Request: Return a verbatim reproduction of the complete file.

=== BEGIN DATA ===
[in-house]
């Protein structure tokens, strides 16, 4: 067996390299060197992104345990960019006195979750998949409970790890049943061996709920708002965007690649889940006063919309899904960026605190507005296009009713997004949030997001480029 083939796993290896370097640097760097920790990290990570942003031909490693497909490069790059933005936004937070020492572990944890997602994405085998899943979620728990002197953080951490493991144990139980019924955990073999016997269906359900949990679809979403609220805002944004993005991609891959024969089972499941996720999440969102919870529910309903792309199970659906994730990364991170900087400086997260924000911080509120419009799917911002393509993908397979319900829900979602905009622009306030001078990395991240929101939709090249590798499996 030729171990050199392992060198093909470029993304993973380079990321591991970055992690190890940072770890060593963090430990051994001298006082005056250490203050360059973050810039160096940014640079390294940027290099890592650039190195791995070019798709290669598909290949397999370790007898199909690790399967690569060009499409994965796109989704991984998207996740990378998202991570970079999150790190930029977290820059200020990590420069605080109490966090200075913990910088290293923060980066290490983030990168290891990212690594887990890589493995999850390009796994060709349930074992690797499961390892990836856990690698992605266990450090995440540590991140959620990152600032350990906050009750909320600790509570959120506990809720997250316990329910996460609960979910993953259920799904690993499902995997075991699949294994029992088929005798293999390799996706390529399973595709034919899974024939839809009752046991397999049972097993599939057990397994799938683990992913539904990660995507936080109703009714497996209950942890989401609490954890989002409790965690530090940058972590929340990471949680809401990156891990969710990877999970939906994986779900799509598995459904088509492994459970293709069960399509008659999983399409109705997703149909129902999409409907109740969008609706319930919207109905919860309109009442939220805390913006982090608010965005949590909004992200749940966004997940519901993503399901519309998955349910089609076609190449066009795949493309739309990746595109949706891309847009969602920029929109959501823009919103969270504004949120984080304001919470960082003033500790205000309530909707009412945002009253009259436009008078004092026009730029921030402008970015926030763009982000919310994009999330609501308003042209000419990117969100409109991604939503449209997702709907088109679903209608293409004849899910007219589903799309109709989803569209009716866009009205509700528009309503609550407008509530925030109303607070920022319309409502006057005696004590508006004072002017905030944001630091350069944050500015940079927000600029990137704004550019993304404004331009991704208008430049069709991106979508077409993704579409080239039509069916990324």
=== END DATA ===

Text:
[in-house]
């Protein structure tokens, strides 16, 4: 067996390299060197992104345990960019006195979750998949409970790890049943061996709920708002965007690649889940006063919309899904960026605190507005296009009713997004949030997001480029 083939796993290896370097640097760097920790990290990570942003031909490693497909490069790059933005936004937070020492572990944890997602994405085998899943979620728990002197953080951490493991144990139980019924955990073999016997269906359900949990679809979403609220805002944004993005991609891959024969089972499941996720999440969102919870529910309903792309199970659906994730990364991170900087400086997260924000911080509120419009799917911002393509993908397979319900829900979602905009622009306030001078990395991240929101939709090249590798499996 030729171990050199392992060198093909470029993304993973380079990321591991970055992690190890940072770890060593963090430990051994001298006082005056250490203050360059973050810039160096940014640079390294940027290099890592650039190195791995070019798709290669598909290949397999370790007898199909690790399967690569060009499409994965796109989704991984998207996740990378998202991570970079999150790190930029977290820059200020990590420069605080109490966090200075913990910088290293923060980066290490983030990168290891990212690594887990890589493995999850390009796994060709349930074992690797499961390892990836856990690698992605266990450090995440540590991140959620990152600032350990906050009750909320600790509570959120506990809720997250316990329910996460609960979910993953259920799904690993499902995997075991699949294994029992088929005798293999390799996706390529399973595709034919899974024939839809009752046991397999049972097993599939057990397994799938683990992913539904990660995507936080109703009714497996209950942890989401609490954890989002409790965690530090940058972590929340990471949680809401990156891990969710990877999970939906994986779900799509598995459904088509492994459970293709069960399509008659999983399409109705997703149909129902999409409907109740969008609706319930919207109905919860309109009442939220805390913006982090608010965005949590909004992200749940966004997940519901993503399901519309998955349910089609076609190449066009795949493309739309990746595109949706891309847009969602920029929109959501823009919103969270504004949120984080304001919470960082003033500790205000309530909707009412945002009253009259436009008078004092026009730029921030402008970015926030763009982000919310994009999330609501308003042209000419990117969100409109991604939503449209997702709907088109679903209608293409004849899910007219589903799309109709989803569209009716866009009205509700528009309503609550407008509530925030109303607070920022319309409502006057005696004590508006004072002017905030944001630091350069944050500015940079927000600029990137704004550019993304404004331009991704208008430049069709991106979508077409993704579409080239039509069916990324």